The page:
You want to propose to the one you love, but you don't necessarily want to go down the line of buying a traditional engagement ring. You would much prefer to create something yourself. Give it that individual feel, and make the ring much more of a personal item.
This instructable will show you how to create your own engagement ring with a bit of designer know how and direct you to the resources you will need to make it.
First though, a little about me. I'm an industrial designer, not a jeweller. That meant that when I wanted to create an engagement ring to propose to my girlfriend, I had lots of lavish ideas of what I could do. I quickly realised that living in a small flat meant that hiding tools to build the ring manually wasn't really an option.
The first thing I did was to research. User edwatkins has an amazing tutorial on how to build a three stone ring, so I took a bit of inspiration from there. I shall say the same thing as he has; this is not necessarily the correct way to make a ring, but it is how I did it.
Step 1: Purchase the Stone
There are loads of factors to consider here; the clarity, the weight, the cut... I had a number in mind that I had saved up and searched to find the best diamond I could get for the price. It may be tempting to get a lower quality stone that is bigger - I would recommend against it. Getting a stone with good clarity means it sparkles that much better and makes a huge difference to the ring.
Step 2: Model the Stone
First, you need to model the diamond in CAD. For this, I used digital callipers to measure it and replicate it virtually. Try to be as accurate as you can at this stage, as it will make it much easier.
To model the diamond, I created a half profile and revolved it to create a perfect shape.
As for the software side, I used Pro Engineer for my ring, but there are plenty of free software packages that you can use to do this.
Examples: TinkerCAD, Autodesk 123D, 3dtin, SketchUp...
Step 3: Model the Ring
After finding out the ring size for your proposed wearer, model the main body of the ring in CAD. You can check all the way through that the stone fits in it properly.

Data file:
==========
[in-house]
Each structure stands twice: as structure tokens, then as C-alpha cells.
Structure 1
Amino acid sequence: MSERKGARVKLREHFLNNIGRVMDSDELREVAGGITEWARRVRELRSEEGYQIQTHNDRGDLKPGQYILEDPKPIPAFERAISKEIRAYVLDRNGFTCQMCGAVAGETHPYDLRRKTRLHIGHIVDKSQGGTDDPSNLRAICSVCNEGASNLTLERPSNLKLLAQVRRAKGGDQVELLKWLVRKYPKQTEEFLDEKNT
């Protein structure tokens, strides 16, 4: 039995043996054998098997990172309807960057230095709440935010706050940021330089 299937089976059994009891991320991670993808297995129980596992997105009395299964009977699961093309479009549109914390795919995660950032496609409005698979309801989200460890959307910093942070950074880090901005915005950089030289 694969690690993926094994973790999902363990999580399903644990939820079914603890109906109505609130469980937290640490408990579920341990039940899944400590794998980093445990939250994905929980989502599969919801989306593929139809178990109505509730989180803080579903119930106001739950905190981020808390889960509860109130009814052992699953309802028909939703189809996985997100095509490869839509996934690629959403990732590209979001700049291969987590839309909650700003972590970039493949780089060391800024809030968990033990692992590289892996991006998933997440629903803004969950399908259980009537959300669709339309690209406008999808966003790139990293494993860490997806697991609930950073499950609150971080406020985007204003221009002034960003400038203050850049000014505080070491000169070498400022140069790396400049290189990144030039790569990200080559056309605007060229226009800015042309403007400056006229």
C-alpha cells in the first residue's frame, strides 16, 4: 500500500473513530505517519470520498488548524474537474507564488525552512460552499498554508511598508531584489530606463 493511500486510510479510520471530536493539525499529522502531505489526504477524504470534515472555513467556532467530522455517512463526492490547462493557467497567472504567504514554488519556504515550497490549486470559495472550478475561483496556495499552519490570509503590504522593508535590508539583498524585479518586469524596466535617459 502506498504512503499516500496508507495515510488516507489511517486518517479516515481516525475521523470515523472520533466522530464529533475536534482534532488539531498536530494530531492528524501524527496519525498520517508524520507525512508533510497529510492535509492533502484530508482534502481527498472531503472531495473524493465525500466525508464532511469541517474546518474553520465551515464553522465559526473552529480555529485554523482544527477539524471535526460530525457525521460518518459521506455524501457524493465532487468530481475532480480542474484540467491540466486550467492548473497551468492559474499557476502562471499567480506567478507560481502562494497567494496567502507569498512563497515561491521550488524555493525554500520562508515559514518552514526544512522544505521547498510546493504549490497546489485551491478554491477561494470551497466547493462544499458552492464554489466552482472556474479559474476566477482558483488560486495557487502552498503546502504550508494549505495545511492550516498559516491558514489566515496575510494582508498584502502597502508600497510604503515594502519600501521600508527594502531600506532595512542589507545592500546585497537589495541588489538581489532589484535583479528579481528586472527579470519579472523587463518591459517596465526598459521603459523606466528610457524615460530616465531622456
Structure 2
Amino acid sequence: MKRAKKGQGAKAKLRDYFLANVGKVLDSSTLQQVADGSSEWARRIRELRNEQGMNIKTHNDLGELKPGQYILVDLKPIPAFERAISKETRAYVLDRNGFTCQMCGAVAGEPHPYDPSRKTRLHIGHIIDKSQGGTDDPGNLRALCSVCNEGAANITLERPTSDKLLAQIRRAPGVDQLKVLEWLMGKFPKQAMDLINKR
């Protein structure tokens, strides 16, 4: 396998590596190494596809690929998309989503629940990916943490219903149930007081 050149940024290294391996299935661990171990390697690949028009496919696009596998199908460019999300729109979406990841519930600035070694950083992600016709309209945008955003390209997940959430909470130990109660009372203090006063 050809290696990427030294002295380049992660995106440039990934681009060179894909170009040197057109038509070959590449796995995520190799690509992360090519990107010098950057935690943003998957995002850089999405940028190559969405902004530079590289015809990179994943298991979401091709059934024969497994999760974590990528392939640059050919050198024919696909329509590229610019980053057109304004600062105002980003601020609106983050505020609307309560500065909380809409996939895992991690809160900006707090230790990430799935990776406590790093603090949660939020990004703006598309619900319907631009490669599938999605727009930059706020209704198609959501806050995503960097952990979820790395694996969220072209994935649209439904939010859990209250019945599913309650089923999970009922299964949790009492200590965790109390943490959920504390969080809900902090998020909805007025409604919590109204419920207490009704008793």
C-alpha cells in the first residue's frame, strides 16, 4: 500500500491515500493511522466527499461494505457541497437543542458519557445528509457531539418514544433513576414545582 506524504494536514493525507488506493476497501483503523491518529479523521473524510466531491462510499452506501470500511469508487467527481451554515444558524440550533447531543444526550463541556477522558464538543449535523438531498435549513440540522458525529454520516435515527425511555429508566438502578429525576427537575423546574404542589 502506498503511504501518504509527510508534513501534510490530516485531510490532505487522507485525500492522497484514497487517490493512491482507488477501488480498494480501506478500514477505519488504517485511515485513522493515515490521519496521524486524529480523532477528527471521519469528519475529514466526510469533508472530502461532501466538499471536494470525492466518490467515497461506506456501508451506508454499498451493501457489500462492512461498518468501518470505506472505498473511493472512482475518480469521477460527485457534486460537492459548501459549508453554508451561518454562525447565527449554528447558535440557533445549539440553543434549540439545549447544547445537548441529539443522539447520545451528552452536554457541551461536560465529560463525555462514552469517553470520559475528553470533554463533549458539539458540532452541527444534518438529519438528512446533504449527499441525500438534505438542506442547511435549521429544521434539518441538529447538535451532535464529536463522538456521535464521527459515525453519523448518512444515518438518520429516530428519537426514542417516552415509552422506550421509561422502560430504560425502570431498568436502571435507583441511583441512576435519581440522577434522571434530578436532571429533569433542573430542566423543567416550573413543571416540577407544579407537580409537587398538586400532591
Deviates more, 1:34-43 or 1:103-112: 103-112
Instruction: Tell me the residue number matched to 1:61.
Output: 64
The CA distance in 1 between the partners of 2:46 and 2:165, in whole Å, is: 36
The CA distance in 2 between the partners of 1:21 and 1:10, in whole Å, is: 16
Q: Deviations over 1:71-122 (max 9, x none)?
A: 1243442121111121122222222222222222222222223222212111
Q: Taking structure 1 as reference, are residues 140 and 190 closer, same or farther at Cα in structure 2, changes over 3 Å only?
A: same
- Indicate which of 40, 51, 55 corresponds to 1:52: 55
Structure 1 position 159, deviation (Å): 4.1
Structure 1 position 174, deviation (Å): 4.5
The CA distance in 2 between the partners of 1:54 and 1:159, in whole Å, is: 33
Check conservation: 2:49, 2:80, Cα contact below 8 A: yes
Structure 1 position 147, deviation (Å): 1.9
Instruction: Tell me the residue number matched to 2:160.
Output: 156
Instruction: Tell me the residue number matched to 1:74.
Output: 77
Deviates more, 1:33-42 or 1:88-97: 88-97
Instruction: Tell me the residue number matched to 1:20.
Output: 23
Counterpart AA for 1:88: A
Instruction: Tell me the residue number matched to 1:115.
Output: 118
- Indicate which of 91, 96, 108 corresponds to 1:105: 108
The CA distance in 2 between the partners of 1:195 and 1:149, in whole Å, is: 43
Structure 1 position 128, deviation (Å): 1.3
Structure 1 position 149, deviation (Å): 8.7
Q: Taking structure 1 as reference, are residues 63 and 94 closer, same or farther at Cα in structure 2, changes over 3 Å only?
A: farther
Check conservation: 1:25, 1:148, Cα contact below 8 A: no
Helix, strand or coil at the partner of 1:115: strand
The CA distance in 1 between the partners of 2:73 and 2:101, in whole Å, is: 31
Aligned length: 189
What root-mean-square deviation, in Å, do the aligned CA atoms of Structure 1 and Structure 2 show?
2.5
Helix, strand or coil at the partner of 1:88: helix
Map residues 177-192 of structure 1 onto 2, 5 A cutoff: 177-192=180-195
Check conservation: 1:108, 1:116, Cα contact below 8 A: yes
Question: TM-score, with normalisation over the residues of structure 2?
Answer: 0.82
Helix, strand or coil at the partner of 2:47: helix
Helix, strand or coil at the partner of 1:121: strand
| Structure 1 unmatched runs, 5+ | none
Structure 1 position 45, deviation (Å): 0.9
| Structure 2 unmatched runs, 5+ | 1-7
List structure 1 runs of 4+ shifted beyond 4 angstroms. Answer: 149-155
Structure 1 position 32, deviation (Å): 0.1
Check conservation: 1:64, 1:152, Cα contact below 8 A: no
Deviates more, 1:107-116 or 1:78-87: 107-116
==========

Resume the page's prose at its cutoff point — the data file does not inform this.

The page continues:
When creating mine, I found that by having spaces underneath the diamond, more light could get to it and thus make it sparkle more.
With the arms to hold the stone, I created these longer so that they could eventually be bent over to hold the stone in place. I would say you need a minimum of four of these.
It is worth checking what sort of style the recipient would like first - the last thing you want is for them not to like it!
Step 4: Rapid Prototype
To create the physical ring, I used the services of i.materialise to rapid prototype the ring.
The way they did it was to print the body out of wax, then investment cast it out of gold afterwards. It has to be said, the service that they delivered was fantastic. Apart from being exceptionally helpful (and very reasonable with costs), they also took photos of the process along the way, to show the mould before casting and the polishing of the body afterwards.
Step 5: Check Fit
Step 6: Fit the Stone
Most local jewellery shops will offer a service to set stones that have fallen out etc, so it is worth approaching them for advice.
Personally, I used my local jewellers who took about a week and a half to set the stone in place.
Step 7: Find a Box
Step 8: Ask the Question!
Good luck to any of you who wish to follow in my footsteps, I can assure you that it is worth the time and effort you put into it!